Recent advances – both political and scientific – are enabling more and more LGBTQ and infertile couples to have children. There is currently a wide methods range of methods available, from adoption to surrogates. One thing that unites most of them, however, is the impossibility of creating a child genetically related to both parents. But new research using stem cells to create sperm and eggs suggests this could change in the future.
Scientists from Cambridge University and the Weizmann Institute of Science in Israel were able to create primordial germ cells (which go on to form eggs or sperm) using embryonic stem cells. Following this success, they used similar procedures combining human skin tissue and stem cells. Couples facing fertility issues could benefit from this technique and have children biologically related to both adults, without the need for egg or sperm donors.
“It’s remarkably fast. We can now take any embryonic stem cell line and once we have them in the proper conditions, we can make these primordial cells in five to six days”, says Azim Surani, who led the work at the Gurdon Institute in Cambridge. This also applies to the use of stem cells from the skin; however, it is important to distinguish between primordial cells, which then develop into sex cells like sperm and eggs, and gametes (sex cells) themselves. Surani explains that based on recent research:
It’s not impossible that we could take these cells on towards making gametes, but whether we could ever use them is another question for another time.
The SOX17 gene was crucial to these findings. The gene’s main function is to determine the development of stem cells into whatever tissue or organ is required. While it has been previously used in research to create lung, gut, and pancreas cells, this is the first time it has been part of a primordial germ cell specification (the creation of early stage gametes which can develop into a whole new human being).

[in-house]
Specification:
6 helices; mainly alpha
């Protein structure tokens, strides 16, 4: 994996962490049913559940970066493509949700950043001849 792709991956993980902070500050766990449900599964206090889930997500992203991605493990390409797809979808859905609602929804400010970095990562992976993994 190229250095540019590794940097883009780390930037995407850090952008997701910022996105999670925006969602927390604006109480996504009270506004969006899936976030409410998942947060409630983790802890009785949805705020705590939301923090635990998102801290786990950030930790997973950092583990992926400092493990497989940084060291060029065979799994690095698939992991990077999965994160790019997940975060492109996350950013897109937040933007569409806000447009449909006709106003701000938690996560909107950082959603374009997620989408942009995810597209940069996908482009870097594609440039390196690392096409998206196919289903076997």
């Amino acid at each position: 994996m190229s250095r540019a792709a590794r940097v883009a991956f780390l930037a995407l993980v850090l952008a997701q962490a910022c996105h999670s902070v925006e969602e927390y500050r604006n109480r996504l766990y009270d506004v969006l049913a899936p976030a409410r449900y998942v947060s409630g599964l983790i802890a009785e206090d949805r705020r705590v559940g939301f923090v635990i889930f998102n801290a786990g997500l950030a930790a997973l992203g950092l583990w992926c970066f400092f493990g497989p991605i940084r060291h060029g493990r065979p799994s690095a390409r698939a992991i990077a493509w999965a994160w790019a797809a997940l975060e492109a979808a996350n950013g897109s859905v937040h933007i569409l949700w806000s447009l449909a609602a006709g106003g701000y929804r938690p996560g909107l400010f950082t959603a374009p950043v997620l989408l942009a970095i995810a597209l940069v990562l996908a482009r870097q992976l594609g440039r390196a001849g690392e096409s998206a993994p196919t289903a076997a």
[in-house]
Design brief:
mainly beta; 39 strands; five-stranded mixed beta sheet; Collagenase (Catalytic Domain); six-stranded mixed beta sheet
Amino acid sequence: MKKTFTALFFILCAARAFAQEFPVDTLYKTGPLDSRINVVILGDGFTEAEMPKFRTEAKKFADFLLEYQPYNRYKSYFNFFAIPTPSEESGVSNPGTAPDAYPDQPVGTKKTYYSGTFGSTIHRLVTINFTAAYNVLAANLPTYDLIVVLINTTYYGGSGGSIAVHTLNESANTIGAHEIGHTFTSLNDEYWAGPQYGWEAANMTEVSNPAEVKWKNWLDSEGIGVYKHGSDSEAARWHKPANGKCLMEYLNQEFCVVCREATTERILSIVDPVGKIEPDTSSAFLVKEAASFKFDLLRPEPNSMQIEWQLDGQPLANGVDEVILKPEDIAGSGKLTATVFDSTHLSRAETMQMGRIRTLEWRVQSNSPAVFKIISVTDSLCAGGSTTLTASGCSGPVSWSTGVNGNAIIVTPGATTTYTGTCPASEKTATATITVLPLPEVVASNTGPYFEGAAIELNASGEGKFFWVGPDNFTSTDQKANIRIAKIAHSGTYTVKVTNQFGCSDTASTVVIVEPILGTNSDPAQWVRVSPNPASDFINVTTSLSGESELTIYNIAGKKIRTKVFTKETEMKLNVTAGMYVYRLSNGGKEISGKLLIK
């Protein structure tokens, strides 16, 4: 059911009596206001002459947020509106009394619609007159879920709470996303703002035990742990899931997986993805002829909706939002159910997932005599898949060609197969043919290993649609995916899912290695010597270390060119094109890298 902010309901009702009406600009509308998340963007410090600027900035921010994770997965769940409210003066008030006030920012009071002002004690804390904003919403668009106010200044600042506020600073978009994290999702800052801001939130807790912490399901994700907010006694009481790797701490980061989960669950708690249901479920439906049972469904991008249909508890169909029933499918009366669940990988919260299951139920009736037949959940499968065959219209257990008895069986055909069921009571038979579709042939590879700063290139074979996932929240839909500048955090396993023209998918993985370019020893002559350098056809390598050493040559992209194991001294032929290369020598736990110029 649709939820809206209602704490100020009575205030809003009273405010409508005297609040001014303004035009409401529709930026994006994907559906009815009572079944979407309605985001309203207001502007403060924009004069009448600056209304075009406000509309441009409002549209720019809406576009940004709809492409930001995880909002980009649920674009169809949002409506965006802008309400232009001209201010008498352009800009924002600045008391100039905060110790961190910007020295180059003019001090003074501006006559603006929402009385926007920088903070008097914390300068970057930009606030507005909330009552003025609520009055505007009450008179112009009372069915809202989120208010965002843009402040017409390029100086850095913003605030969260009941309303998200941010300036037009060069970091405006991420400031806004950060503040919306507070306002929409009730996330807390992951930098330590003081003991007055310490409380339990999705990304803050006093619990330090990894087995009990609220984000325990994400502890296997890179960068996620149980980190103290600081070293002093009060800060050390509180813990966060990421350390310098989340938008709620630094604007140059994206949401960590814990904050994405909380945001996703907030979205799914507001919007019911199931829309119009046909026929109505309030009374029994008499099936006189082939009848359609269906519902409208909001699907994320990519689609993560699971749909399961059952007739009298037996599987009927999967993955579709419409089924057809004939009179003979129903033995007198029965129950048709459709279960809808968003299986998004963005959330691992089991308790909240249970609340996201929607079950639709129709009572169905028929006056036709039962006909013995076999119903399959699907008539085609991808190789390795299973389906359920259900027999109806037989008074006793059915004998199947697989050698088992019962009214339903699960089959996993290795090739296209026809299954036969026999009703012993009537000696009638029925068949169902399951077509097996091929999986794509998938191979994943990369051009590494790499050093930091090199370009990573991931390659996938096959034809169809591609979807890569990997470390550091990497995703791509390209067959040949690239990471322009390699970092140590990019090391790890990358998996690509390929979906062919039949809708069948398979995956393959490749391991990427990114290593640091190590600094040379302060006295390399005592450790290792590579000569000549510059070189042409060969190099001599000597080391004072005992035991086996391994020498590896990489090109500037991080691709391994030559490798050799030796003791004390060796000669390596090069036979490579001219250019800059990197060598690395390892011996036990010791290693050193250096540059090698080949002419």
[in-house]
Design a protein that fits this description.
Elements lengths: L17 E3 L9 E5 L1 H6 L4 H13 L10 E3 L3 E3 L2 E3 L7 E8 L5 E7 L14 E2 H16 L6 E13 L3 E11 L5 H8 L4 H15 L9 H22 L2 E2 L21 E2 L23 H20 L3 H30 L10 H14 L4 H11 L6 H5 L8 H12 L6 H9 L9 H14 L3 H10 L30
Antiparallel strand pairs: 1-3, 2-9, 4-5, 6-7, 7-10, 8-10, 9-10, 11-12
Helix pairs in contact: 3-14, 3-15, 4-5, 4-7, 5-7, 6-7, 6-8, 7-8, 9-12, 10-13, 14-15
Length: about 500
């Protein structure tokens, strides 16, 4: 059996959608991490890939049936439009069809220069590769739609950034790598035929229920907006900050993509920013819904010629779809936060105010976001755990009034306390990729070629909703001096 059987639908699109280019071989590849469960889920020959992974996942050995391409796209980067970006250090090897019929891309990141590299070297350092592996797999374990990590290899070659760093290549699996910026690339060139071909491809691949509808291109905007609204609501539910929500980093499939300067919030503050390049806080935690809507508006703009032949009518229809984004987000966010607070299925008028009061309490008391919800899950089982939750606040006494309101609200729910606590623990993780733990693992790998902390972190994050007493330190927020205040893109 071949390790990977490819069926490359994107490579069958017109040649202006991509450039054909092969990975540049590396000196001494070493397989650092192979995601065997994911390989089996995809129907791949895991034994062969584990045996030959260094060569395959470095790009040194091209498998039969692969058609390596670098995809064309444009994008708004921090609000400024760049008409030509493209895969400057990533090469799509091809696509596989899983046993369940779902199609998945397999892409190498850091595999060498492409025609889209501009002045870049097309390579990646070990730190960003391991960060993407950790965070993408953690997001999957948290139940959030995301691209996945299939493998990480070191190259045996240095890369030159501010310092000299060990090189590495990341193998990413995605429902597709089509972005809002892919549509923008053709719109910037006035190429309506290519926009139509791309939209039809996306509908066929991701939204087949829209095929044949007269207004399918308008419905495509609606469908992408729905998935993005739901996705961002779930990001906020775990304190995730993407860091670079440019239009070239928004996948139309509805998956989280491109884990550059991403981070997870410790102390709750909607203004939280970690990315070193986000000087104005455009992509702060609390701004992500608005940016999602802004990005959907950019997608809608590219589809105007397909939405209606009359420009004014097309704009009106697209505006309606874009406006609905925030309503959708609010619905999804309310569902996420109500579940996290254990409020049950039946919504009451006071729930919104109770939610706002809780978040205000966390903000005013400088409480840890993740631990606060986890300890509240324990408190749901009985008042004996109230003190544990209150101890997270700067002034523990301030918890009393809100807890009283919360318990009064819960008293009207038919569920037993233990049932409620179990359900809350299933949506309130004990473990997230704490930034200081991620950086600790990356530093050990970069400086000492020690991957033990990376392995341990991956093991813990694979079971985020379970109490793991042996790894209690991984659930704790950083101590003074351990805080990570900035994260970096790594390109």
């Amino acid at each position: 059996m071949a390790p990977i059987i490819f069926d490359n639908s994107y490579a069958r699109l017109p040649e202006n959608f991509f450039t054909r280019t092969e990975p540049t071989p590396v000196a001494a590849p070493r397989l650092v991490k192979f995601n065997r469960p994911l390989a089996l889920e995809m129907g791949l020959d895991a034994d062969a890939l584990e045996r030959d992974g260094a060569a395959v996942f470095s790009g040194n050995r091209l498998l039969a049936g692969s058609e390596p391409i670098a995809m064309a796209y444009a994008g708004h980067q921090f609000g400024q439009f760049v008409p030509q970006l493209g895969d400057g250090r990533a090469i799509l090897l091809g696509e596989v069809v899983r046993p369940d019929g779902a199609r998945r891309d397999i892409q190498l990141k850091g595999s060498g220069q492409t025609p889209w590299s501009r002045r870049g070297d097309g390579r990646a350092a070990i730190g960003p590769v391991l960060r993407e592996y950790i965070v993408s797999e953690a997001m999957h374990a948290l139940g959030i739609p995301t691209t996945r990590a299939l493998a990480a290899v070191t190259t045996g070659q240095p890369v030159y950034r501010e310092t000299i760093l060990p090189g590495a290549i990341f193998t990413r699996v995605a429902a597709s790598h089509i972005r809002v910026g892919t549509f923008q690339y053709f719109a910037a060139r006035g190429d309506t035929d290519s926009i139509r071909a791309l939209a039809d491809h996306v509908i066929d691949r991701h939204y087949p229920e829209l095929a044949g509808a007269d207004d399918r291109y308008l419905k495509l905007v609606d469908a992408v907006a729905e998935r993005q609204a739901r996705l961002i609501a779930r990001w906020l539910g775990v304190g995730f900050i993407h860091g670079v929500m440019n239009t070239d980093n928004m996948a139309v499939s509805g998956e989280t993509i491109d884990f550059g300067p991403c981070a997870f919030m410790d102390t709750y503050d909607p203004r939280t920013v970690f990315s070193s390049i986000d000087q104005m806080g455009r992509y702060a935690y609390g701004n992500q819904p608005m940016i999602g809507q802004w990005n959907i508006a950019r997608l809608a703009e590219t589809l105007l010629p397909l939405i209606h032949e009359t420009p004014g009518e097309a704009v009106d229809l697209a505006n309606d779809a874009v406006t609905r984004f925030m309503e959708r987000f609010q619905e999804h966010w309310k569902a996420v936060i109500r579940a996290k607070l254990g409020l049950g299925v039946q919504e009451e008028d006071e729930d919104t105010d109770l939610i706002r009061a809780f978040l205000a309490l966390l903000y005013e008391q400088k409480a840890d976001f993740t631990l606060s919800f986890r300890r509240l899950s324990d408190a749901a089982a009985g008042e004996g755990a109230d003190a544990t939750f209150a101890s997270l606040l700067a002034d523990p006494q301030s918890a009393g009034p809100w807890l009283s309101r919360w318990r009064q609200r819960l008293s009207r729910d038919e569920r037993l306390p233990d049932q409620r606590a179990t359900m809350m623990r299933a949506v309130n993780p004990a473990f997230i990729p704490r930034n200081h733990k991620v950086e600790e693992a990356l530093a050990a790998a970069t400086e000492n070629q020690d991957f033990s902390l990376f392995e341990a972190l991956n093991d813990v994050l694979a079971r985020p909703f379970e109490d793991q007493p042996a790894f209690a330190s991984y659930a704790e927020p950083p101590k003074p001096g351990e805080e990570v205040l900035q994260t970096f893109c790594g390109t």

Despite the importance of these advances, they are far from complete and face several obstacles in their real-world application. Even with the use of skin cells, two women would only be able to produce a female baby since both have XX chromosomes. Men, on the other hand, are XY and so could produce either a female XX baby or a male XY one. Beyond the wider ethical debate of breeding so-called “test-tube babies”, vehemently driven by conservative and religious groups, is the specific issue of manipulating gender. Two women only able to have female children, and two men deciding for themselves the gender of their child, pulls into question the morality of manipulating genetic traits of an embryo created through such scientific processes.
Of course, the implications in terms of the newborn’s health compensate for this. The technique, allowing women to create gametes from skin cells, would eliminate pregnancy and genetic problems associated with the ageing of eggs. This would be essentially a rewinding of the biological clock. Women would become less and less dependent on their bodies for childbirth, postponing having children until later in life.
Needless to say, this type of reproduction reliant on science would spark widespread debates on “natural” and “artificial” babies. Conservatives would certainly oppose these practices, regardless of the potential for loving infertile or homosexual couples to finally have the children they so wish for. However, the previously mentioned manipulation of genetic traits seems to be the strongest ethical barrier. While this may be justified in, for example, the removal of a gene for a serious health condition in an embryo, it is hard to imagine couples being able to choose the gender of their child due to technicalities of X and Y chromosomes in skin cells. Other social issues arise; for instance, would today’s often sexist, ultra-competitive office culture encourage women to delay childbirth to focus on work and so increase productivity? Surely this would limit women’s reproductive freedom as much as the banning of IVF (in-vitro fertilisation) or abortions would.
A world in which women participate in reproduction in a similar way as men, with less physical involvement there would be naturally, seems both scary and exciting. Humanity’s ability to control conditions of pregnancy, reproduction, and genetic disease is increasing; along with it is growing political backlash seeking to limit women’s reproductive choices as well as understandable feelings of uncertainty regarding lab-based childbirth.
British Law currently bans the use of artificial sperm and egg cells in lab fertilisation. Much more research is also necessary for fertilisation through stem cells to become a concrete possibility. While this practice could only become commonplace in the far future, and regardless of the ethical considerations that would come along with it, stem cell fertilisation is “really the foundation for future work”.